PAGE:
• Yes, that's where I'm leaning - mapping to views and/or procs. I suppose one can think of views/procs as the read-only db model. This is what I think of as poor man's denormalization. In CQRS, you might push these views into tables in read-slaves, but for the time being, they are simply implemented as views. Maybe that's the best way to think about it.
    – pfries
    Aug 19, 2009 at 15:46
  • The approach we use is exactly as described: we use views to represent denormalized data structures which we then query directly with nhibernate. I do hate they we have to maintain views in our data model, but it works well. Jun 30, 2010 at 12:25

Ultimately, the idea is that you should use whatever makes the Query channel easiest for you to build and maintain. You no longer have to worry about updates, enforcing business rules, maintaining data integrity, or even handling load (for the most part). So you're free to choose many options that were previously not on the table.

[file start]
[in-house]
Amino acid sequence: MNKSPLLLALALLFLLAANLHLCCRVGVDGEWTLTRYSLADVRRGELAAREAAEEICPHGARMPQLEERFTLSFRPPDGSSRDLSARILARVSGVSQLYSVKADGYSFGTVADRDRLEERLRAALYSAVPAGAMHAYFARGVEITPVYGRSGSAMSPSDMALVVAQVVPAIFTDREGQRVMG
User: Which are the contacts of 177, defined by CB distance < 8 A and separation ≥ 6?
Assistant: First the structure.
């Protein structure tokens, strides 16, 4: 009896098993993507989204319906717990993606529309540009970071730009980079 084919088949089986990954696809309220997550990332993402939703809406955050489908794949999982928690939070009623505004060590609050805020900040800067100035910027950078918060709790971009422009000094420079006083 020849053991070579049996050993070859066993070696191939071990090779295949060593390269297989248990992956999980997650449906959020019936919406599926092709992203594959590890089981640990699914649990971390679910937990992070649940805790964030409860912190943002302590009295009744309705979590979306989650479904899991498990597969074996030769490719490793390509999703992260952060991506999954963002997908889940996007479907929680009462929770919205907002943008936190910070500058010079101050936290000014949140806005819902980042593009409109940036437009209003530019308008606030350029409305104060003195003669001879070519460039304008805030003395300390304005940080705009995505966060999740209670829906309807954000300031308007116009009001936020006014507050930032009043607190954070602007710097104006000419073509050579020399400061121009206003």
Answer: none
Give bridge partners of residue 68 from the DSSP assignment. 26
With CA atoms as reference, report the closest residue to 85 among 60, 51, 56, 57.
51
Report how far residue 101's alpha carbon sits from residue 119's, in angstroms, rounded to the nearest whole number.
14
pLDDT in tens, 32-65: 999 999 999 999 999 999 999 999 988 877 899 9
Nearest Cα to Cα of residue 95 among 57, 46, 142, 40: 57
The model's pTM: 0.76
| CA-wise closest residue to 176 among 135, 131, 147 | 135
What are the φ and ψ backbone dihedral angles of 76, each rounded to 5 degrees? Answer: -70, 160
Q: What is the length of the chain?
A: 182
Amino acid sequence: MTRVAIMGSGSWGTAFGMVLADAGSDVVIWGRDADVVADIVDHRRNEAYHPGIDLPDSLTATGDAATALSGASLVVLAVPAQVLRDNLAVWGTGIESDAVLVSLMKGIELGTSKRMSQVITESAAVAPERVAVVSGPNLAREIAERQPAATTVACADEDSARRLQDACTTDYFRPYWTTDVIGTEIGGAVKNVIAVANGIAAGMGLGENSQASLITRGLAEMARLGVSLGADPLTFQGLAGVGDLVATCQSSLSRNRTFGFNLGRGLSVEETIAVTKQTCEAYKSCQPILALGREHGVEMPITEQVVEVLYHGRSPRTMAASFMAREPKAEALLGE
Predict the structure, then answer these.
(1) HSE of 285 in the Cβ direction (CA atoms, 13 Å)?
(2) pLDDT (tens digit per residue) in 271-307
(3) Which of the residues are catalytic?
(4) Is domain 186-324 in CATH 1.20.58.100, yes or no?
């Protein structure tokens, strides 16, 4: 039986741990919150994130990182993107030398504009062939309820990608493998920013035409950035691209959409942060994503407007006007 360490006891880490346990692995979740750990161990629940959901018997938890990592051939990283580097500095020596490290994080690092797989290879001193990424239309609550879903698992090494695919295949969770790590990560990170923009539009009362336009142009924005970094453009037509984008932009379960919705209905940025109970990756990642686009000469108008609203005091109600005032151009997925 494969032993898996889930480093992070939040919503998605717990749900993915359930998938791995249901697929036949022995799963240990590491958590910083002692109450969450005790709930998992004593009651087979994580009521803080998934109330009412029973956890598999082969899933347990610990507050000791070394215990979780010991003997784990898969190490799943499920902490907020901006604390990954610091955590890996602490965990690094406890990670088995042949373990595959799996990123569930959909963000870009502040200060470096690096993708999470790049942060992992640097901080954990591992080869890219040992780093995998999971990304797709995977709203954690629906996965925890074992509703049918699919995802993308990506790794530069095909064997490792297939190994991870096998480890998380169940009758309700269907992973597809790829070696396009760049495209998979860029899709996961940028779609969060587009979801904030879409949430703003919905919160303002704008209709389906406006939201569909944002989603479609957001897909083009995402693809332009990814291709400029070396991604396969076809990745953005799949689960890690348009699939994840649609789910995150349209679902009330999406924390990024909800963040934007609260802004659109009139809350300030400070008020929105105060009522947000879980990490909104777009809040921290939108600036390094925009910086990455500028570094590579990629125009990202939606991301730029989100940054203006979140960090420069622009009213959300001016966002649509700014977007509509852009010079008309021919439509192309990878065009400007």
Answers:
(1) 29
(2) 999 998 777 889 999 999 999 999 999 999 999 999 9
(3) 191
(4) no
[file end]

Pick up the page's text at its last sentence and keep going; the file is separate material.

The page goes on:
But NHibernate can still be a good option ... it's just no longer the automatic default (which it sometimes is for the Command side).

We've chosen to use Castle Active Record (which is based on NHibernate under the hood), mainly because it has a nice feature that will generate a table for you from a class. This fits excellently for us, because here's our workflow: First, we create a ViewModel class. This class is shaped entirely for the needs of the View. Then, we mark that ViewModel with Castle Active Record attributes. Then, we ask Active Record to generate the corresponding table for that class in the Query database. This is the fastest, smoothest way we have found to quickly get a Query database table that serves the ViewModel class. The automatic generation reflects the reality that the only reason the table exists is to serve the view.

  • How do you handle inserts/updates to your read tables? Do you use messaging?
    – pfries
    Mar 8, 2010 at 12:42
  • Yes, we use nServiceBus, and the domain objects publish events when writes occur. A Subscriber to those events then populates the Query database. Mar 8, 2010 at 20:11
  • Gem of the day. Didn't like active record pattern before, but with cqrs it really makes sense. Thanks. Mar 29, 2010 at 20:31
  • We use a similar approach. FluentNHibernate with automapping for the read-side DTOs (effectively an active record pattern). Then Jonathan Oliver's EventStore for the write side.
    – Brian Low
    May 19, 2011 at 19:25

We're using EF for the command part, and straight ADO.NET => DTOs for query chain. Advantages:

1) Ability to optimize SQL queries and use advanced DB store features not abstracted into ORM layer